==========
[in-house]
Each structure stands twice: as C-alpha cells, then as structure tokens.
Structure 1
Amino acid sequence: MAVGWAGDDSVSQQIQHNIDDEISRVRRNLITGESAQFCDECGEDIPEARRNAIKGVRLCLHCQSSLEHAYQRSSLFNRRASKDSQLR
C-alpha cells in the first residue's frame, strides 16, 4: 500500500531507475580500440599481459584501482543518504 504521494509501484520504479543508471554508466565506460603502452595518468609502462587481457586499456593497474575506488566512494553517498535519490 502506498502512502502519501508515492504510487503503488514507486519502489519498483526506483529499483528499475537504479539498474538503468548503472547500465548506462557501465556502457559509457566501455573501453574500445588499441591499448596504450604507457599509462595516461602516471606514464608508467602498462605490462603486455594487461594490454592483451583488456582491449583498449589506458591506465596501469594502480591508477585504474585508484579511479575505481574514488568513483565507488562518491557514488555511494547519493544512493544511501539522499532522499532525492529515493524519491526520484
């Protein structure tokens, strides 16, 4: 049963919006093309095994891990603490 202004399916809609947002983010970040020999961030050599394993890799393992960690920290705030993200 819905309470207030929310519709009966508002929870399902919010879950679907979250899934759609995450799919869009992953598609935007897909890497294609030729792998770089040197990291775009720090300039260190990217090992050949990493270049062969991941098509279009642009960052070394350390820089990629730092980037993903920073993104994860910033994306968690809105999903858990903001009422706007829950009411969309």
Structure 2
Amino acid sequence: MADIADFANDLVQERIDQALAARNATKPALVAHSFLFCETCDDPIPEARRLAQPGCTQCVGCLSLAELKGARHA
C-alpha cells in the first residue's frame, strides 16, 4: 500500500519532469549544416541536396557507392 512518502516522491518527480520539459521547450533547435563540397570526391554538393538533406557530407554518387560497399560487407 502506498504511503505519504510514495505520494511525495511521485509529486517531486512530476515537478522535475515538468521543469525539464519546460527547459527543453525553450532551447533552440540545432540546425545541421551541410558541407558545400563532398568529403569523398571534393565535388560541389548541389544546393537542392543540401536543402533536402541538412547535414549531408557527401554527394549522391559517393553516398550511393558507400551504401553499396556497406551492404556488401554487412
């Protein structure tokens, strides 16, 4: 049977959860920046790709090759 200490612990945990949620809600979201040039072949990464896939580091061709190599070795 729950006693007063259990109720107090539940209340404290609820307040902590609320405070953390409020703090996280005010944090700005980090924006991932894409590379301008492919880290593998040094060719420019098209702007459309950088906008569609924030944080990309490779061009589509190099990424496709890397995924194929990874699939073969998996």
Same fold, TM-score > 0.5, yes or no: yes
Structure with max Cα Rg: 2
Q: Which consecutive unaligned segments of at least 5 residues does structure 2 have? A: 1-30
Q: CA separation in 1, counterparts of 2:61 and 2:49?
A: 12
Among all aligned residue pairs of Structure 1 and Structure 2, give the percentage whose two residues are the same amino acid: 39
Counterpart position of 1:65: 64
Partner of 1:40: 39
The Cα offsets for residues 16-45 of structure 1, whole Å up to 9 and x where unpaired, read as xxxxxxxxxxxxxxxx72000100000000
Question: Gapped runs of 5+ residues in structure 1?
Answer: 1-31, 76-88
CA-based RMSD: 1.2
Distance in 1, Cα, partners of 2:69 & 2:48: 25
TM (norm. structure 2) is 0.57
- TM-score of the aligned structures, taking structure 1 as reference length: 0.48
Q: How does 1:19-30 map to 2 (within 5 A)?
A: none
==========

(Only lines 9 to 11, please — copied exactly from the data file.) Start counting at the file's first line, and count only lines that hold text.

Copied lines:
C-alpha cells in the first residue's frame, strides 16, 4: 500500500519532469549544416541536396557507392 512518502516522491518527480520539459521547450533547435563540397570526391554538393538533406557530407554518387560497399560487407 502506498504511503505519504510514495505520494511525495511521485509529486517531486512530476515537478522535475515538468521543469525539464519546460527547459527543453525553450532551447533552440540545432540546425545541421551541410558541407558545400563532398568529403569523398571534393565535388560541389548541389544546393537542392543540401536543402533536402541538412547535414549531408557527401554527394549522391559517393553516398550511393558507400551504401553499396556497406551492404556488401554487412
């Protein structure tokens, strides 16, 4: 049977959860920046790709090759 200490612990945990949620809600979201040039072949990464896939580091061709190599070795 729950006693007063259990109720107090539940209340404290609820307040902590609320405070953390409020703090996280005010944090700005980090924006991932894409590379301008492919880290593998040094060719420019098209702007459309950088906008569609924030944080990309490779061009589509190099990424496709890397995924194929990874699939073969998996």
Same fold, TM-score > 0.5, yes or no: yes